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The Government of the United States of America refers again to the destruction on July 29, 1953 by Soviet military aircraft of a United States Air Force B-50 type aircraft off Cape Povorotny in the international air space over the Sea of Japan. On January 26, 1954, following an intensive investigation and study of the incident, the United States Government delivered to the Government of the Union of Soviet Socialist Republics a note(2) requesting certain detailed information with respect to the incident and with respect to the various allegations made by the Soviet Government in prior notes of July 30, 1953,(3) August 4, 1953(4) and August 26, 1953 (5). The Soviet Government having failed to reply to the United States Government's note of January 26, 1954, the United States Government, through its Embassy at Moscow, transmitted another note on May 25, 1954 (6) to the Soviet Ministry of Foreign Affairs inquiring when a reply might be expected to the note of January 26, 1954. The Soviet Government has made no reply or acknowledgement whatever to either note, although far more than sufficient time has elapsed to enable the Soviet Government to make a reply or to state its intentions with respect to such reply. The United States Government must conclude, therefore, that the Soviet Government is fully aware that it is not in a position to make a responsive or adequate reply to the United States Government's note of January 26, 1954.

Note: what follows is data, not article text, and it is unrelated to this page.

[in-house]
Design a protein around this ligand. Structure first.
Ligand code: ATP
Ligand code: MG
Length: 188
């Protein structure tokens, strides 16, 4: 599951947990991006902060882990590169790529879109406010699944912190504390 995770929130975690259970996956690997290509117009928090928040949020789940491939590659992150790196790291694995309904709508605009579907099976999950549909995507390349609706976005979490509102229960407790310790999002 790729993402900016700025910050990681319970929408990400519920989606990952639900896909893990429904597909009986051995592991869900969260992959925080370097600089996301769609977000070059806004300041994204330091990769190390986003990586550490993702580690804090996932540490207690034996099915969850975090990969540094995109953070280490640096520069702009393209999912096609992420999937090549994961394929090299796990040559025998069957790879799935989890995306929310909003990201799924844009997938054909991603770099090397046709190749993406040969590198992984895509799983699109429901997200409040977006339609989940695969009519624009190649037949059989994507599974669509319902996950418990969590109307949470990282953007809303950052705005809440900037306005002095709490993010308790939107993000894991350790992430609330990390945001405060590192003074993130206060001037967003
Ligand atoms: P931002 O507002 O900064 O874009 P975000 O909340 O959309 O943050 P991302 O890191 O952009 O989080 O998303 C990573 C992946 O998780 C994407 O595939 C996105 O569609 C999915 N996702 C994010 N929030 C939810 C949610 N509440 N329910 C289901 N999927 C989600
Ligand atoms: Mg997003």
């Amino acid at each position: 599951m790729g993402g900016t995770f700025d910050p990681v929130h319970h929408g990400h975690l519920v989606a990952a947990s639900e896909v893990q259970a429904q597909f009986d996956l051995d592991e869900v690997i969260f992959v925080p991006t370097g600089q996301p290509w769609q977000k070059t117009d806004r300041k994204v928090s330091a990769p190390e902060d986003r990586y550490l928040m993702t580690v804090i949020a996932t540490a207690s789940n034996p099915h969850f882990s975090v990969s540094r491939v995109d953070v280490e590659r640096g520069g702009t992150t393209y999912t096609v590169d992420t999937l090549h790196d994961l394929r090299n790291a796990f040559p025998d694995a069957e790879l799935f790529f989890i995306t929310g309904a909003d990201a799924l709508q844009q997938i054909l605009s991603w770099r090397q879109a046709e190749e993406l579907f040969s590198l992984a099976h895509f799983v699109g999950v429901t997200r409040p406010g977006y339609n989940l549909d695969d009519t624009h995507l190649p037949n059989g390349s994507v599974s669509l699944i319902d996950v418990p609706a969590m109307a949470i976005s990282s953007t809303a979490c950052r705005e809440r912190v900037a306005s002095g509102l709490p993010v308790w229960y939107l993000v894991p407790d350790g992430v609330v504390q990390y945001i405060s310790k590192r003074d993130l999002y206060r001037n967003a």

This circumstance, the United States Government concludes, reinforces and confirms the essential accuracy of the findings of fact resulting from the United States Government's own investigation and study, as well as of the statements made in the various communications of the United States Government to the Soviet Government on this subject, particularly the United States Government's note of August 4, 1953 (7)